Example - JESuppose a bookkeeper accidentally posts a bill for $200 to the gas account instead of to the business rates account. A trial balance is drawn up, and total debits are $100,000 and total credits are $100,000. Journal entries DEBIT Business rates account $200 CREDIT Gas account $200 To correct a misposting of $200 from the rates account to electricity account.
Example Suspense accountA business extracts a trial balance and finds that credits exceed debits by $4,420. Subsequently the following errors are discovered: (a) The bookkeeper made a transposition error in recording sales. Instead of entering $37,453, he entered $37,543. However receivables were posted correctly. (b) The monthly salaries of $5,250 were correctly entered in the cash book but the other half of the double entry was not made. (c) A customer paid $460. This was correctly recorded in the cash book but was debited to the sales ledger control account. You are required to set up the suspense account and then
SolutionSet up a suspense account showing a debit balance of $4,420 (a) Sales should be $37,453. So the sales are overstated by $90. Debit Sales 90 Credit Suspense account 90 (b) Salaries need to be posted to the salaries account. Debit Salaries 5,250 Credit Suspense account 5,250 (c) The amount of $460 should be credited to the sales ledger control account. We need to credit $460 twice (once to reverse the original debit entry and once to record the transaction). Debit Suspense account 920 Credit Sales ledger control account 920
Exam focus How to deal with suspense account What should we do? What did we do? How to correct the error? Corresponding entries to the suspense
Example Suspense accountA trial balance does not balance and the bookkeeper posts the difference to a suspense account. He then finds the following errors which clear the suspense account when they are corrected. (i) Opening inventory had been understated by $10,000 (ii) A credit note for $200 had been posted to sales returns but not to the receivables control account Tasks (a) What was the balance on the suspense account before these errors were corrected?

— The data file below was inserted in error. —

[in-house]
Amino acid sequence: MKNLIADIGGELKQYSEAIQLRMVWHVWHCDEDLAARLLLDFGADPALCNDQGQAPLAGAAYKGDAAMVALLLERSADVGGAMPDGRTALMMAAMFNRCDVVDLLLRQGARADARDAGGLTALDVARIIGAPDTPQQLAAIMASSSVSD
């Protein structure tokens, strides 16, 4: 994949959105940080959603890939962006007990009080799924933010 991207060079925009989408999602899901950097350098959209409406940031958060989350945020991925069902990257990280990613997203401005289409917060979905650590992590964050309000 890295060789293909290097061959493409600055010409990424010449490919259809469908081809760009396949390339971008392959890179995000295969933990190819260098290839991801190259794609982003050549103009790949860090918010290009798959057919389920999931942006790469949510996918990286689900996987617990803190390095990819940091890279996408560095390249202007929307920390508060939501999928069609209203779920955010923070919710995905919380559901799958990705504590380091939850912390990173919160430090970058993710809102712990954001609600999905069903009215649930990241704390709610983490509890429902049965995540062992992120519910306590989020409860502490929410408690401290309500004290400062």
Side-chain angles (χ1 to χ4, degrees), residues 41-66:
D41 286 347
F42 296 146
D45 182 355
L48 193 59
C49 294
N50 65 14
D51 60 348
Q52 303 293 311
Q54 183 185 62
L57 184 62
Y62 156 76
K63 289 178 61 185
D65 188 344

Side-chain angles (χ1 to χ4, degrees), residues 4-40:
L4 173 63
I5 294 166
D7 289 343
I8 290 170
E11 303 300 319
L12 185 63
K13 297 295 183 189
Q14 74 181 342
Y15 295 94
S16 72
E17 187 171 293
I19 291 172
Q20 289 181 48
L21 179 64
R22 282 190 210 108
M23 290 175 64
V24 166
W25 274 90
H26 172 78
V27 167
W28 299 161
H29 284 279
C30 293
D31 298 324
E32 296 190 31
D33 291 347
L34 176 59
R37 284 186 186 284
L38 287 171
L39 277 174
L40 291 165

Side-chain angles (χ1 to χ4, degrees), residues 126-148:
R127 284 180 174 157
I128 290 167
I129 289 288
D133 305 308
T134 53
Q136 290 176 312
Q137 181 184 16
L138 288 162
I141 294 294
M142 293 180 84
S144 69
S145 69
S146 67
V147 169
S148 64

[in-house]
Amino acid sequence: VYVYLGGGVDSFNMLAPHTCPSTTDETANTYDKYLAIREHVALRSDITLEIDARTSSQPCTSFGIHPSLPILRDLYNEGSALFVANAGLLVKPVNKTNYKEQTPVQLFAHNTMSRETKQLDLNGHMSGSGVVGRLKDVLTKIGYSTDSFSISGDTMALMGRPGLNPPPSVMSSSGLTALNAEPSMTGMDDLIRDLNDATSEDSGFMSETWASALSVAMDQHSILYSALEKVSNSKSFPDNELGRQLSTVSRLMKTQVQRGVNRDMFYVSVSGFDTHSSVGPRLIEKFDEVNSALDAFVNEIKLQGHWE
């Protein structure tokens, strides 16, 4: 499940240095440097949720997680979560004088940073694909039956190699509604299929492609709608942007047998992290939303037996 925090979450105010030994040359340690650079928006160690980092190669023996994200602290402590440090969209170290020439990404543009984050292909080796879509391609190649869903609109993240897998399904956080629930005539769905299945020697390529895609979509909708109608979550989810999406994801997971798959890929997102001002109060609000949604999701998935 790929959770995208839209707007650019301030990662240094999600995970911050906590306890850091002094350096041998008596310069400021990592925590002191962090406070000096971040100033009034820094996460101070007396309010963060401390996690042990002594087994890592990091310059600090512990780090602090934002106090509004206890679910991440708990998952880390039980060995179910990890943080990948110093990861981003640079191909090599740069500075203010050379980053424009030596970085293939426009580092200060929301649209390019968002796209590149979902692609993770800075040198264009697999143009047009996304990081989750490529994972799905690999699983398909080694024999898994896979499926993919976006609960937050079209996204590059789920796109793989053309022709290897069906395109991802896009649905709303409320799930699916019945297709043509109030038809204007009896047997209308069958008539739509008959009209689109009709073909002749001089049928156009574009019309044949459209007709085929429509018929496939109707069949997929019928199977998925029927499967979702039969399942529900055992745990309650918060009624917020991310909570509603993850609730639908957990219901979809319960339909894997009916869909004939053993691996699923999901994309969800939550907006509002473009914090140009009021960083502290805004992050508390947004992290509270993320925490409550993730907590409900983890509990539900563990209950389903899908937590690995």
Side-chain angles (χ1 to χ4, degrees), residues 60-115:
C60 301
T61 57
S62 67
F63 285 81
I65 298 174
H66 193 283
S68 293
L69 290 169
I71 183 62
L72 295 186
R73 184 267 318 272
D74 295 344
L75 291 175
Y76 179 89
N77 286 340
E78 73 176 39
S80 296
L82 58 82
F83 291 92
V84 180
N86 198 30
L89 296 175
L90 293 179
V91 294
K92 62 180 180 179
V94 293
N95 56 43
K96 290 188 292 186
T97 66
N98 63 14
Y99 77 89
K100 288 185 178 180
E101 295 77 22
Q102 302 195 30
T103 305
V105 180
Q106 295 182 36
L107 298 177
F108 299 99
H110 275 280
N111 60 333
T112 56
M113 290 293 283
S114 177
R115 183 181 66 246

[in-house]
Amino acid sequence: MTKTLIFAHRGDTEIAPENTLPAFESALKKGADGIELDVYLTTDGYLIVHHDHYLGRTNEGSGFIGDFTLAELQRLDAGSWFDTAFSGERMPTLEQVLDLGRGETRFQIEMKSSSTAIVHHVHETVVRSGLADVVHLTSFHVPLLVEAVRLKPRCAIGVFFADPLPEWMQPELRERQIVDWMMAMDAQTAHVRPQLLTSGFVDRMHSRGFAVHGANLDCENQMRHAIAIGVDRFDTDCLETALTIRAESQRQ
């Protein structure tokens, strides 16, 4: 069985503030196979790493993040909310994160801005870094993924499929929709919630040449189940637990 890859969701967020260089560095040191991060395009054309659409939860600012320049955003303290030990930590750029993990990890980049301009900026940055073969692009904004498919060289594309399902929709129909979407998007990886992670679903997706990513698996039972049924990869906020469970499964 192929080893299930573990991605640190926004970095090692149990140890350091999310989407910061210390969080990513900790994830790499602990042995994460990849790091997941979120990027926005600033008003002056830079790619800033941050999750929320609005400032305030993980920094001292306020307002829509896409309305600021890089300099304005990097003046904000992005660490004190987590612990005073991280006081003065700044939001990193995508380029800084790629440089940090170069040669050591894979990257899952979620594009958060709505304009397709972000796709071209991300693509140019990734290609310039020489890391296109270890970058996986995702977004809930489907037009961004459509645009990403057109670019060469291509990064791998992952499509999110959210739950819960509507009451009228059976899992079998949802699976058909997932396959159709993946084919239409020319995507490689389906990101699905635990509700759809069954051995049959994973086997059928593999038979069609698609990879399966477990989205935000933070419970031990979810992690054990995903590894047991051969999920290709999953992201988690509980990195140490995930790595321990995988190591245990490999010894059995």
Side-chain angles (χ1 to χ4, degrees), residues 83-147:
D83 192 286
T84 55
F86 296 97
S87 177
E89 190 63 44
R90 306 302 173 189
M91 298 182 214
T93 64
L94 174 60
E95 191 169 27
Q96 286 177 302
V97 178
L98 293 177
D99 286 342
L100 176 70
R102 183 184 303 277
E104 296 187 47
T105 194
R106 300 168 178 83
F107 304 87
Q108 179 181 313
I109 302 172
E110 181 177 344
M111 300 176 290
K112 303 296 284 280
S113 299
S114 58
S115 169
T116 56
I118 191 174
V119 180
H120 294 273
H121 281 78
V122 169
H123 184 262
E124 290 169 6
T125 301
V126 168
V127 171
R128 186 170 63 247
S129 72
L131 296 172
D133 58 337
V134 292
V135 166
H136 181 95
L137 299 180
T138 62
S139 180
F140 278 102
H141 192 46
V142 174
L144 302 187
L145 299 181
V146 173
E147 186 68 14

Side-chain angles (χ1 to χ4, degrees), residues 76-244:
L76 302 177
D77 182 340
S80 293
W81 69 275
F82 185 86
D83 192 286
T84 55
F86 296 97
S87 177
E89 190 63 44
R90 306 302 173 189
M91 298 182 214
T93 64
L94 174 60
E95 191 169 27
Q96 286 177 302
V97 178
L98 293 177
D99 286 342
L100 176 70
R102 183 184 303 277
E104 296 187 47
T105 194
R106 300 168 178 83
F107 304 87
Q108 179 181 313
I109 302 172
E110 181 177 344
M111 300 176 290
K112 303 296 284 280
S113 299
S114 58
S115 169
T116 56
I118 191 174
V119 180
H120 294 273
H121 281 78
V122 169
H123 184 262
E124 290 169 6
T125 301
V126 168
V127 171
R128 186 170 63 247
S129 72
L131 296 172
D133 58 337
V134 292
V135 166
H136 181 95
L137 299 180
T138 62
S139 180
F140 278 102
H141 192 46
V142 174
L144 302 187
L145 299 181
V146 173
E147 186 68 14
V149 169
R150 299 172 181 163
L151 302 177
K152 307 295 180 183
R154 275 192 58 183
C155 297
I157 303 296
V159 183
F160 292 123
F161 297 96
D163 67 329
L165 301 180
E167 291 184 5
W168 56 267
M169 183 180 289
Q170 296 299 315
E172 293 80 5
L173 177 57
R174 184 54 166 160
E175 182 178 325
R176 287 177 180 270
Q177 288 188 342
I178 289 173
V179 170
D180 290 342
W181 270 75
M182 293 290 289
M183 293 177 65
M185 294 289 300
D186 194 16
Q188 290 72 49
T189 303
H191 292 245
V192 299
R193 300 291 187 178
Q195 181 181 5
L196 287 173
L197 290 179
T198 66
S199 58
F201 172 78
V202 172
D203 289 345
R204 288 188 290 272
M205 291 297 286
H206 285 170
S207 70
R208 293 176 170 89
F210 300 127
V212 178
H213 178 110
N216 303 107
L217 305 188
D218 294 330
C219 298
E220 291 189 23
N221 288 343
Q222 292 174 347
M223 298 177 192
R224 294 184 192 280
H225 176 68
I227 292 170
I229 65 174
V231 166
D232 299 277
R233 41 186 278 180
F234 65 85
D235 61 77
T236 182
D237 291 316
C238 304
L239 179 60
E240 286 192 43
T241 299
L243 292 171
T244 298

Solution(a) The balance on the suspense account is DR $9,800. Opening inventory is a missing debit entry and a sales return is a missing credit entry to the receivables control account. (b) The following journal will clear the suspense account: DR CR Opening inventory 10,000 Receivables control account 200 Suspense account 9,800 10,000 10,000
Example - TBMr Ringo Binder commenced trading as a wholesale stationer on 1 May 20X7 with a capital of $5,000 with which he opened a bank account for his business. During May the following transactions took place. 1 Bought shop fittings and fixtures for cash from Folder Fitments for $2,000 2 Purchased goods on credit from Staple $650 4 Sold goods on credit to Clip $700 9 Purchased goods on credit from Green $300 11 Sold goods on credit to Hill $580 13 Cash sales paid intact into bank $200 16 Received cheque from Clip in settlement of his account 17 Purchased goods on credit from Kaye $800